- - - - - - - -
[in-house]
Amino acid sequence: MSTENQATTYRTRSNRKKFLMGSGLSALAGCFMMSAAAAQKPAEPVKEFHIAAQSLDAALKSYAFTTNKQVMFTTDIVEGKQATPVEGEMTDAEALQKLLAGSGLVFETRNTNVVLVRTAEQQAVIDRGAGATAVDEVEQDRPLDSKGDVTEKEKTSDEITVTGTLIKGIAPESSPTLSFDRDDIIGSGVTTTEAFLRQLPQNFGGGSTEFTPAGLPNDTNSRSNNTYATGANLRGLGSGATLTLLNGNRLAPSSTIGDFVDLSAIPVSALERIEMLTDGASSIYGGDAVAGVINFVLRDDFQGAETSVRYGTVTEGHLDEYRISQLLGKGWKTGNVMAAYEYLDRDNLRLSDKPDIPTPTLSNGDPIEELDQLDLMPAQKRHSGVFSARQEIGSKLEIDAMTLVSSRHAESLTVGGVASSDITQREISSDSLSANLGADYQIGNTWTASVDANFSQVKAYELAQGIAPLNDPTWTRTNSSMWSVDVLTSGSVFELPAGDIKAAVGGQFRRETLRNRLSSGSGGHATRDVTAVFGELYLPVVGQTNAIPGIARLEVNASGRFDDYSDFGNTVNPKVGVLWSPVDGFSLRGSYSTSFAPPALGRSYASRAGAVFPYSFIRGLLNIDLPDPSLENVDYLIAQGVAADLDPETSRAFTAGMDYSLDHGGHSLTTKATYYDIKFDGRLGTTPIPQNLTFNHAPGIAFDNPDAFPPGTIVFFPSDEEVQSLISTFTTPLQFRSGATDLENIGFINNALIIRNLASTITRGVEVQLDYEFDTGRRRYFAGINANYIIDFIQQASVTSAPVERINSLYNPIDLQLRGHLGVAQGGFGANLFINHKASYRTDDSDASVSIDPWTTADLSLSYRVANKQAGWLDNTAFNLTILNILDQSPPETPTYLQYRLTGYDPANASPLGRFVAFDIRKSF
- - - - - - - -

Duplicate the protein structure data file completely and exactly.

[in-house]
Amino acid sequence: MSTENQATTYRTRSNRKKFLMGSGLSALAGCFMMSAAAAQKPAEPVKEFHIAAQSLDAALKSYAFTTNKQVMFTTDIVEGKQATPVEGEMTDAEALQKLLAGSGLVFETRNTNVVLVRTAEQQAVIDRGAGATAVDEVEQDRPLDSKGDVTEKEKTSDEITVTGTLIKGIAPESSPTLSFDRDDIIGSGVTTTEAFLRQLPQNFGGGSTEFTPAGLPNDTNSRSNNTYATGANLRGLGSGATLTLLNGNRLAPSSTIGDFVDLSAIPVSALERIEMLTDGASSIYGGDAVAGVINFVLRDDFQGAETSVRYGTVTEGHLDEYRISQLLGKGWKTGNVMAAYEYLDRDNLRLSDKPDIPTPTLSNGDPIEELDQLDLMPAQKRHSGVFSARQEIGSKLEIDAMTLVSSRHAESLTVGGVASSDITQREISSDSLSANLGADYQIGNTWTASVDANFSQVKAYELAQGIAPLNDPTWTRTNSSMWSVDVLTSGSVFELPAGDIKAAVGGQFRRETLRNRLSSGSGGHATRDVTAVFGELYLPVVGQTNAIPGIARLEVNASGRFDDYSDFGNTVNPKVGVLWSPVDGFSLRGSYSTSFAPPALGRSYASRAGAVFPYSFIRGLLNIDLPDPSLENVDYLIAQGVAADLDPETSRAFTAGMDYSLDHGGHSLTTKATYYDIKFDGRLGTTPIPQNLTFNHAPGIAFDNPDAFPPGTIVFFPSDEEVQSLISTFTTPLQFRSGATDLENIGFINNALIIRNLASTITRGVEVQLDYEFDTGRRRYFAGINANYIIDFIQQASVTSAPVERINSLYNPIDLQLRGHLGVAQGGFGANLFINHKASYRTDDSDASVSIDPWTTADLSLSYRVANKQAGWLDNTAFNLTILNILDQSPPETPTYLQYRLTGYDPANASPLGRFVAFDIRKSF